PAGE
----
It’s an interesting exercise, and if any of you are inclined to do the test yourself, I’d be interested in seeing your results in the comments. Now I need to pop another decongestant and lie down again, so that I can get back to real work (of which there is much) tomorrow.

Odd Trip Notes

Caved-in clay pipe under Gretchen's back yard

We rolled into the driveway here in Colorado about 3 PM yesterday after three weeks away, exhausted (as usual) and me fighting a nasty headcold, which blossomed last night (as usual) once I no longer had to drive 400 miles every day. As soon as I felt my scratchy throat last Sunday night I began taking Zicam Cherry Quick Melts, and while I can’t prove that they held off the cold during the subsequent four days, it’s possible–but it’s certainly true that they failed to prevent the cold entirely. (I also suspect that they give me mild headaches, and I don’t think I’ll be taking them again in the future.)

Just before we left Chicago, I rigged a wrist strap for my pocket camera and took a bunch more photos of the inside of Gretchen’s sinkhole. (See photo above.) It’s pretty clear now what’s going on under there: A section of 24″ clay drain pipe collapsed, allowing ground water to wash the surrounding soil into the storm drain system and hollowing out a large cave under the sod. This is what we figured, and at some point there will be a whole lot of digging going on back there.

Fat Dogs waterWhile passing through western Nebraska, we stopped at a Kum & Go and picked up a bottle of water. All bottled water tastes alike to me, so I bought the cheapest: Fat Dogs from Sandhills Water, which is bottled in Oshkosh, Nebraska, population 887 and the county seat of Garden County. I love the label and may keep the empty bottle. (See photo at left.) Above the logo is the legend, “You are nowhere.” Coastist dorks like Ted Rall may think so, but I kind of like Nebraska, not the least for this sort of self-deprecating humor, which I guarantee you won’t find in New York City.

I-80 travels a little south of the US 30 alignment, which in turn follows the original Union Pacific right-of-way. We stopped for gas at Cozad and drove north to the town center just to get a sense for it. Increased prices for corn have brought a certain prosperity to the town (which contains a monster grain elevator) and we saw three grocery stores, and Ace Hardware, a Walgreen’s, and museums celebrating artist Robert Henri, and Cozad’s location on the 100th meridian. The houses were tidy and everybody was driving recent cars. There are ghost towns in Nebraska, but Cozad is not one of them.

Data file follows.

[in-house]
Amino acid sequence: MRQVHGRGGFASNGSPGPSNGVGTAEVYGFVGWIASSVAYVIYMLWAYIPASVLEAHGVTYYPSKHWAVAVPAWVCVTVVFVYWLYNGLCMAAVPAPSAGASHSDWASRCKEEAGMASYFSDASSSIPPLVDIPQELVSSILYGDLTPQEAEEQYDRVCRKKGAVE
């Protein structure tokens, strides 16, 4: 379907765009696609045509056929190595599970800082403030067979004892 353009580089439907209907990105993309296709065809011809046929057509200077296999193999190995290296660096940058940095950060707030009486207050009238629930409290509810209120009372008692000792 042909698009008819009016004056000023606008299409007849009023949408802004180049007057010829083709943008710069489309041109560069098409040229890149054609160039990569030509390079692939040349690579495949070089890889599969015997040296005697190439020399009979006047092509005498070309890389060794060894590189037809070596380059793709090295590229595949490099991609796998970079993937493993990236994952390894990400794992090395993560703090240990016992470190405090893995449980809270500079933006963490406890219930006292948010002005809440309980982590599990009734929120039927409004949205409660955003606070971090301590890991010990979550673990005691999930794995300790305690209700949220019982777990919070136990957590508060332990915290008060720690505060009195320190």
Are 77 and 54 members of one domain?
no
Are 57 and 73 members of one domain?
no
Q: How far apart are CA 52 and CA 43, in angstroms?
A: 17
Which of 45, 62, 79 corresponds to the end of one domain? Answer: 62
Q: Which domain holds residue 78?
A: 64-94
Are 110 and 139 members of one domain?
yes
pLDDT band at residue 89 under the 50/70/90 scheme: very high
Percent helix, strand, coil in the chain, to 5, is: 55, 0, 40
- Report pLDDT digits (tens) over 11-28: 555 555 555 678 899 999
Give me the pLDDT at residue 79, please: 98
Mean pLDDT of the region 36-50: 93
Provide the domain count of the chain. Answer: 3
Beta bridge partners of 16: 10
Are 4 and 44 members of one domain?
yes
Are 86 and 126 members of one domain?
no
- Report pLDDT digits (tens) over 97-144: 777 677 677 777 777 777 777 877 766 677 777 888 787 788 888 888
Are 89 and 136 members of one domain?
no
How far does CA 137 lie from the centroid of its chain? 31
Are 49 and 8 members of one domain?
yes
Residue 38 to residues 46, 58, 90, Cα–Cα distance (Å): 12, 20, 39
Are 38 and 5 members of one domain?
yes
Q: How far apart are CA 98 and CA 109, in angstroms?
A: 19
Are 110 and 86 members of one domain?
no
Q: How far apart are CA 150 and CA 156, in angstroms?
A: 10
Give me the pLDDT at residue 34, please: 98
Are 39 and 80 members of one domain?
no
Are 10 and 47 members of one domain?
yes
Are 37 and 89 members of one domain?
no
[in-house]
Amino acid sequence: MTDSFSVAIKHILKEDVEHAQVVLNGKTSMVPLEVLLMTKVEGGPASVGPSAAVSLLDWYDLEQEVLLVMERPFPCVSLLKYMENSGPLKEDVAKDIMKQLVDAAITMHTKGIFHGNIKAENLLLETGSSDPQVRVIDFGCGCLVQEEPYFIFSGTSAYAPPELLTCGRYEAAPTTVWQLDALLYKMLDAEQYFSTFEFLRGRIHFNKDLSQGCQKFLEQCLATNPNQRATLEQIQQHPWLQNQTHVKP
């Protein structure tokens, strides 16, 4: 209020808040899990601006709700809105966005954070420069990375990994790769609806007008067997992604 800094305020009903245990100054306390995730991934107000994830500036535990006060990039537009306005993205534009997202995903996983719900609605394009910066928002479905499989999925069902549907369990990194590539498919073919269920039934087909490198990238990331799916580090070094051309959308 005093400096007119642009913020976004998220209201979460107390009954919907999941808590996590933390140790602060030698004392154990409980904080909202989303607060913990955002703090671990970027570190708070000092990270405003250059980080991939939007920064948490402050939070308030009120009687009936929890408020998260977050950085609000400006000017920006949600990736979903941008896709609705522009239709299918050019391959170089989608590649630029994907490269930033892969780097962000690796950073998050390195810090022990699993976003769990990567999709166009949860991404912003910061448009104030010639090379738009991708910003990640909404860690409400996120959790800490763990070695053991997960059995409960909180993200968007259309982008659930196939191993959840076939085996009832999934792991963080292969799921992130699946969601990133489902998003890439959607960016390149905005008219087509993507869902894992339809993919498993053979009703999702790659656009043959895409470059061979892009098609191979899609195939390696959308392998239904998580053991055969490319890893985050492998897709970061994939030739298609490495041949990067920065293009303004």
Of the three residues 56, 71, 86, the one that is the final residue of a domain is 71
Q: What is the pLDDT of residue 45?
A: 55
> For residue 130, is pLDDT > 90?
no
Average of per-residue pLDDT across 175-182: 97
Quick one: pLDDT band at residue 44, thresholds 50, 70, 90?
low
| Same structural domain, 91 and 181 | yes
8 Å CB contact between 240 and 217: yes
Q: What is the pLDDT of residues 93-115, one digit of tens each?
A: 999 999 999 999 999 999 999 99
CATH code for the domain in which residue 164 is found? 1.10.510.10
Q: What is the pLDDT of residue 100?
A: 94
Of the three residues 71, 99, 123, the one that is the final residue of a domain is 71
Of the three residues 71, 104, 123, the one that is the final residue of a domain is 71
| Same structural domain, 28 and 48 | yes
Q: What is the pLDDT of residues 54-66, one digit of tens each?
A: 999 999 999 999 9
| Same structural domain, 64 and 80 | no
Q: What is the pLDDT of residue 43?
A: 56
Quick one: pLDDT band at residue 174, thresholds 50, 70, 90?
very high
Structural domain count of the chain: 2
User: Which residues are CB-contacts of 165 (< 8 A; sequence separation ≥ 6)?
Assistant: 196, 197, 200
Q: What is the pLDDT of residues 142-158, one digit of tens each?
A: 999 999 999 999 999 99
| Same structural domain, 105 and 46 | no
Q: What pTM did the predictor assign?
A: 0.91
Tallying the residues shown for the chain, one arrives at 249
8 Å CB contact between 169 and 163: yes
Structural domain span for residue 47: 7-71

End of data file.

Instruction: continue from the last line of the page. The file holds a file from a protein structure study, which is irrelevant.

We stopped in Ogallala for the night and spent a couple of hours at Lake McConaughy, though we were too bushed to do any serious swimming, especially with my increasingly runny nose. So we walked up and down the beach together, picking up broken glass when we saw it (as we always do) and hoping to come back when both of us felt better. (Maybe September, when all the kids are back in school.)

There’s still a lot to post about human memory system corruption, but it may have to wait a day or two until I feel a little better. Let’s just say I’m very glad to be home again. I’ve got my own bed, and all the Kleenex my nose would ever want. Everything else will take care of itself.

The Impersistence of Memory, Part 1

The other day, I had dinner with my high school locker partner and college friend Tom Barounis. He handed me something that he had found among his own things: a college-era non-SF story manuscript of mine, a typewritten original and not a Xerox copy, complete with comments by an unknown third party who sounded like a college prof. On the back of the last sheet, in my own distinctive block printing, was the date: 4/30/72.

There were two things wrong with this: 1) I don’t remember having my Selectric typewriter in the spring of 1972, and 2) I don’t remember writing the story itself.

Point 1 is checkable. I used to date typewritten manuscripts, and I have two moving boxes full of them back home, so as soon as we get back to Colorado I can haul out my writer’s trunk and see when exactly I made the transition from Smith-Corona to IBM. I recall it being a year later, as I was ramping up for the Clarion SF workshop, which I attended in the summer of 1973.

Point 2 is more peculiar. I vaguely remember writing a story with that title, but the story I remember writing was nothing like the story I read last night, for probably the first time in 37 years. I know what probably happened with the manuscript: After getting it back from the prof I wrote it for, I passed it on to Tom to read, and it remained with him since the spring of 1972.

But why do I remember the story being about something else entirely?

I remember the story being a failed experiment, about two (male) friends who experience a physical attraction between them and don’t know how to deal with it. Instead, it was about two male friends stressing about the draft lottery, and how one of them runs to Canada when he pulls number 5. Furthermore, it was not a failure but a pretty decent story, considering that I only wrote “mainstream” (non-SF) fiction with a gun to my head in those days. (I’d even consider sending it out for publication, except that I don’t think anybody remembers what the draft lotteries were about anymore.)

It’s a headscratcher. It’s also the latest in a series of headscratchers that have turned up here and there as I’ve grown older, and have realized that a growing number of things that I remember happening did not happen anything like the way I remember them. Some did not, in fact, happen at all. I’ve begun to wonder what other memory holes are waiting for me to discover, and how much the life that I remember living resembles the life that I actually lived.

More in coming days.